A selection of new titles by Washington authors, or of local interest.

Share story

“Weaver of Dreams: The Life and Architecture of Robert C. Reamer”

by Ruth Quinn (Leslie & Ruth Quinn, $39.95 hardcover, $29.95 paperback, to order call 406-848-7468 or e-mail ruthleslie@ispwest). A coffee-table book overview of the career of the architect who designed Seattle’s Fifth Avenue Theatre, Bellingham’s Mount Baker Theatre, Olympic National Park’s Lake Quinault Lodge and numerous other classic Pacific Northwest landmarks, including the art-deco building where this column is being written.

“Divine Beauty: The Aesthetics of Charles Hartshorne”
by Daniel A. Dombrowski (Vanderbilt University Press, $59.95). A Seattle University professor of philosophy whose specialty is philosopher-metaphysician Charles Hartshorne (1897-2000) examines Hartshorne’s “aesthetic theory and its place within his theocentric philosophy.”

Most Read Stories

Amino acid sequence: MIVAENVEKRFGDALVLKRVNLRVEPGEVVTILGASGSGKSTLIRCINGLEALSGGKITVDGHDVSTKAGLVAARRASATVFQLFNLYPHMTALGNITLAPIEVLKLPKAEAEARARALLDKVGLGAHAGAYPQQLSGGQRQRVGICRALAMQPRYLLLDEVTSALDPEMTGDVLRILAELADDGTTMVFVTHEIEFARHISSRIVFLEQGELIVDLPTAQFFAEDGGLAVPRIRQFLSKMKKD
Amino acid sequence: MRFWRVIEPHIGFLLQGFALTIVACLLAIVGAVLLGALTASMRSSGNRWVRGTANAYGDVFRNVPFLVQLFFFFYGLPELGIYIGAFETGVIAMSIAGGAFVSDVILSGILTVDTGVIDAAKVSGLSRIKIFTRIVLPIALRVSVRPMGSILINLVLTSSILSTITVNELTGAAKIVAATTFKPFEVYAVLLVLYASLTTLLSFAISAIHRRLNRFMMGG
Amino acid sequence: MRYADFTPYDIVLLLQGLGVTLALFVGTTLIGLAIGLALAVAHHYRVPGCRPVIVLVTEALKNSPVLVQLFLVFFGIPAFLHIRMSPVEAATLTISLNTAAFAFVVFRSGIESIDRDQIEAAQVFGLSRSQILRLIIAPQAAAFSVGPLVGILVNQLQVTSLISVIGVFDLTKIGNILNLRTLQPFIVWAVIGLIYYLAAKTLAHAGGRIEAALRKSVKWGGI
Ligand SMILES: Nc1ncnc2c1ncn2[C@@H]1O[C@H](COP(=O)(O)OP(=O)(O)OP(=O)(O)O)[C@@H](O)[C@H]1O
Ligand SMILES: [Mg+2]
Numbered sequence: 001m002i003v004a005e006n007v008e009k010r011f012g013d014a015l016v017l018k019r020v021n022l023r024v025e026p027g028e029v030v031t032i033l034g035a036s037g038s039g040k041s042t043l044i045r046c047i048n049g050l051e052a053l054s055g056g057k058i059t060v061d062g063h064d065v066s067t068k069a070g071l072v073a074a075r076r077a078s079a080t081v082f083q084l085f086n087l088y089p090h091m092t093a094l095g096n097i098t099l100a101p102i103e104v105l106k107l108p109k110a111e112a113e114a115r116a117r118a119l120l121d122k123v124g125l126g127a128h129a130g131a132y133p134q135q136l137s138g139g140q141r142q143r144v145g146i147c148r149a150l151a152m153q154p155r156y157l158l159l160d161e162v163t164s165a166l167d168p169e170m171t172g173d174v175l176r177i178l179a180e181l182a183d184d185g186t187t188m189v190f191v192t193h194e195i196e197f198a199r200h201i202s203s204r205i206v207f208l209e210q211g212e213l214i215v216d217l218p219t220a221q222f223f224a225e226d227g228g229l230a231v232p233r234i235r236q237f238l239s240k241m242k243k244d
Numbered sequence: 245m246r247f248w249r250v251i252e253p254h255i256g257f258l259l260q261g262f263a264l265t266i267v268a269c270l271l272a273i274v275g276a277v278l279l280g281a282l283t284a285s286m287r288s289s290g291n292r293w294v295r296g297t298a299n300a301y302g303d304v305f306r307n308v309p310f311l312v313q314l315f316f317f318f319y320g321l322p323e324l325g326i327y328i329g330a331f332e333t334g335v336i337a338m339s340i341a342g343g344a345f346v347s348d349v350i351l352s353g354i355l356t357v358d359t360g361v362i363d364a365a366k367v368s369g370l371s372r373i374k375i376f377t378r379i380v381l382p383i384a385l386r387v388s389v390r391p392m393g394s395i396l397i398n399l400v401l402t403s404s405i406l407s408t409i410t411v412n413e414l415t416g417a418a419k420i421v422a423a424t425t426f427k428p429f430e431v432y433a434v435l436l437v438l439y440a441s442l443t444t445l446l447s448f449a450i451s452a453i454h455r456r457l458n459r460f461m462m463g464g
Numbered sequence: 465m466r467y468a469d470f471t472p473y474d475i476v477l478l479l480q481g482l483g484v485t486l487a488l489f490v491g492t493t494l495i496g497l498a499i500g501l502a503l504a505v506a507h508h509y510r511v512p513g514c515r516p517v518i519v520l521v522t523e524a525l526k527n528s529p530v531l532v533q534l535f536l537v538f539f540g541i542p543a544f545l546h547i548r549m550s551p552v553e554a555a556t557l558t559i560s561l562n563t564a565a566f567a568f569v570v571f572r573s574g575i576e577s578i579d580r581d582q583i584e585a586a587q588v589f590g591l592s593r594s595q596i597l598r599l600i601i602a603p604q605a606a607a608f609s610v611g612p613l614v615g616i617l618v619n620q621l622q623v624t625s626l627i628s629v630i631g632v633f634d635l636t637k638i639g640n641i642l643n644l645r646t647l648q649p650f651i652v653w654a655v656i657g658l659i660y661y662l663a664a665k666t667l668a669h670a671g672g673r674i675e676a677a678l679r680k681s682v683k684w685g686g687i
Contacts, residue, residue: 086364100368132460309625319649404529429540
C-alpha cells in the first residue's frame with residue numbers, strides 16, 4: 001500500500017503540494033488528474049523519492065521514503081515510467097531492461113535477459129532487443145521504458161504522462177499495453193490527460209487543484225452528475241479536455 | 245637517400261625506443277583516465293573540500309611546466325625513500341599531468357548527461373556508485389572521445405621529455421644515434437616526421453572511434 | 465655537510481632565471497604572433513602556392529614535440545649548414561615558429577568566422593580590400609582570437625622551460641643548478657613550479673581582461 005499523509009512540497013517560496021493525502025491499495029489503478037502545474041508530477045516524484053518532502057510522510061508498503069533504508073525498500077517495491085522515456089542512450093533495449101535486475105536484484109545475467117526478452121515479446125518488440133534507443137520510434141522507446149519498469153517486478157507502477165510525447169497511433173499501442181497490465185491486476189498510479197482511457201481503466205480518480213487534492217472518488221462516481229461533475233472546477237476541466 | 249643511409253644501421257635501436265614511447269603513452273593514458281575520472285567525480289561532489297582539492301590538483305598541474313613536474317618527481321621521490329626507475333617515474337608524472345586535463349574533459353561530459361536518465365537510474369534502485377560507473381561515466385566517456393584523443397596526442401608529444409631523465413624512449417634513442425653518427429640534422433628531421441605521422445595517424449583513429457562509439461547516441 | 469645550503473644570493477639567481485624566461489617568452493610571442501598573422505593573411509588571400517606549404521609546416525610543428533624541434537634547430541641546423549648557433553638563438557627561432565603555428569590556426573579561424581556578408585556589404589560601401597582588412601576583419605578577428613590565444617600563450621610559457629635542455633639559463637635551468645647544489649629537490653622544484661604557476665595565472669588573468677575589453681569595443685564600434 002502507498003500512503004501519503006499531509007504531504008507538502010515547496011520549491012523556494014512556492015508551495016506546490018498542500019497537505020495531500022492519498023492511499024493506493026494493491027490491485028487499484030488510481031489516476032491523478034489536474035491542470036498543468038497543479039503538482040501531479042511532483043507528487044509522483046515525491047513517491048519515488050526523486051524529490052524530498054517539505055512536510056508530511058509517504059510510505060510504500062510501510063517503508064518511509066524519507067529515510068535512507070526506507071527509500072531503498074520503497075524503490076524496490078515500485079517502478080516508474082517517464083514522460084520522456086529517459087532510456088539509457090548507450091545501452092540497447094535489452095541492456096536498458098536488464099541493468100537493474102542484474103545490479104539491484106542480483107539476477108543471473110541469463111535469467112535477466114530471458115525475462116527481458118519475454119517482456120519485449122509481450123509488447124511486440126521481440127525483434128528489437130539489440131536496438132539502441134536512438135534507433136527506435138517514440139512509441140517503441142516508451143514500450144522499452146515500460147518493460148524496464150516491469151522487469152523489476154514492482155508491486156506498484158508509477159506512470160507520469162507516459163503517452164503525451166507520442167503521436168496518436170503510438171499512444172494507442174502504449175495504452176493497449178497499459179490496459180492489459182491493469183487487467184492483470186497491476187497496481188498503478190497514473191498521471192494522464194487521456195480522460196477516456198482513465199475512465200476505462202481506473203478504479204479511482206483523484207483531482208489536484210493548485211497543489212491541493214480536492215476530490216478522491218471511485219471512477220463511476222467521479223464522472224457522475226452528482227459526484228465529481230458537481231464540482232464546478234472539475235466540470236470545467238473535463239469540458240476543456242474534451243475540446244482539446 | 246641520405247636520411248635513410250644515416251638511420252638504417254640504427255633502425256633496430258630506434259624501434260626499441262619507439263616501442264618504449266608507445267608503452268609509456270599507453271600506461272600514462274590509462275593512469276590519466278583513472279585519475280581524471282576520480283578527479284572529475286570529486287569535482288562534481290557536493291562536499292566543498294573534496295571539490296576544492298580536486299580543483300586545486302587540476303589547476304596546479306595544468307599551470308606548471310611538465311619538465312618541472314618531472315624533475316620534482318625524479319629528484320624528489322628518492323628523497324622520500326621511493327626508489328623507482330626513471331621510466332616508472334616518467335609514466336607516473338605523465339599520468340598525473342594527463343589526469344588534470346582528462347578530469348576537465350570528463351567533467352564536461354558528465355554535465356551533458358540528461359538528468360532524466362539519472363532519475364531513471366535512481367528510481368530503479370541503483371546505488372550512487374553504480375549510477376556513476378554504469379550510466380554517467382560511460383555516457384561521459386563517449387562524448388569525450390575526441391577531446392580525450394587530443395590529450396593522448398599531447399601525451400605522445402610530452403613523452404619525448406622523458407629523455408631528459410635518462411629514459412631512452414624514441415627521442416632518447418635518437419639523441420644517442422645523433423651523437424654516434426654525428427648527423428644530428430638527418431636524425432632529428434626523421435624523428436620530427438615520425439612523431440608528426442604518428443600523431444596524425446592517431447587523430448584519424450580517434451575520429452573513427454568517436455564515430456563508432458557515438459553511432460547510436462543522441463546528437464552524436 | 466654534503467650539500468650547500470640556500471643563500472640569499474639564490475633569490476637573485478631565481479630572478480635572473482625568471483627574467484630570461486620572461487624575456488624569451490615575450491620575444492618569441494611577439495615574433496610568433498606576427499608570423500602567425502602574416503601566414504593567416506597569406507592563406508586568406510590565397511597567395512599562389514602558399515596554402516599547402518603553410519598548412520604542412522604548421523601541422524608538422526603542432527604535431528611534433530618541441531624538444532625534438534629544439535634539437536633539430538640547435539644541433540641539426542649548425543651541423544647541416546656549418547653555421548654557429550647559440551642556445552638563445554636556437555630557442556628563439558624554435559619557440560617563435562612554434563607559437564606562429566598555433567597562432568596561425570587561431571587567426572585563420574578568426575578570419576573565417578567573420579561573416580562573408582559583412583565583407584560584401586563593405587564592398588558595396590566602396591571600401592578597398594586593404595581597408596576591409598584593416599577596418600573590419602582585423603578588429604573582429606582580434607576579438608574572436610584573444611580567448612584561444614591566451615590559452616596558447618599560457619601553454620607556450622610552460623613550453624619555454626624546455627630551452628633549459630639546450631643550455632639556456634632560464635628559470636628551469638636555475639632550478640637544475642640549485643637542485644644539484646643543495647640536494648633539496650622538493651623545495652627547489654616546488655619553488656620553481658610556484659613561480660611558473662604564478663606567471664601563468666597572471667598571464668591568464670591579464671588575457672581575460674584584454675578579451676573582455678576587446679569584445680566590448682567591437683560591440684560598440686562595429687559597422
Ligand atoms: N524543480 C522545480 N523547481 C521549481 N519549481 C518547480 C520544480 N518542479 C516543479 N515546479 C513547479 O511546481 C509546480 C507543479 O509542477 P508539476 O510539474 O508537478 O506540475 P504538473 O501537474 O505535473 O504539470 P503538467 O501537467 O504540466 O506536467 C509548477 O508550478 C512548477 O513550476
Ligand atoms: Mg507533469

Unlimited Digital Access. $1 for 4 weeks.

“Neighbor Power: Building Community the Seattle Way”

by Jim Diers (University of Washington Press, $18.95). Tips on “how to build active, creative neighborhoods.” Diers was the first director of the Seattle Department of Neighborhoods.

“Late for the Wedding”

by Amanda Quick (Bantam, $7.99). New in paperback: Seattle writer Jayne Ann Krentz’s historical romance alter-ego reprises her characters Lavinia Lake and Tobias March, who search a country house for a killer.

“The O. Henry Prize Stories”

edited by Laura Furman, juried by Cristina García, Ann Patchett and Richard Russ (Anchor, $14) and

“The Best American Stories 2004”

edited by Lorrie Moore, series editor Katrina Kenison (Houghton Mifflin, $27.50 hardcover, $14 paperback). These two annual best-of collections have a Seattle connection this year: Sherman Alexie’s “What You Pawn I Will Redeem” appears in both of them, and former Seattleite Charles D’Ambrosio’s locally-set tale, “The High Divide,” appears in the O. Henry collection. D’Ambrosio has a second story, “Screenwriter,” in “Best American Short Stories 2004.”

Michael Upchurch, Seattle Times book critic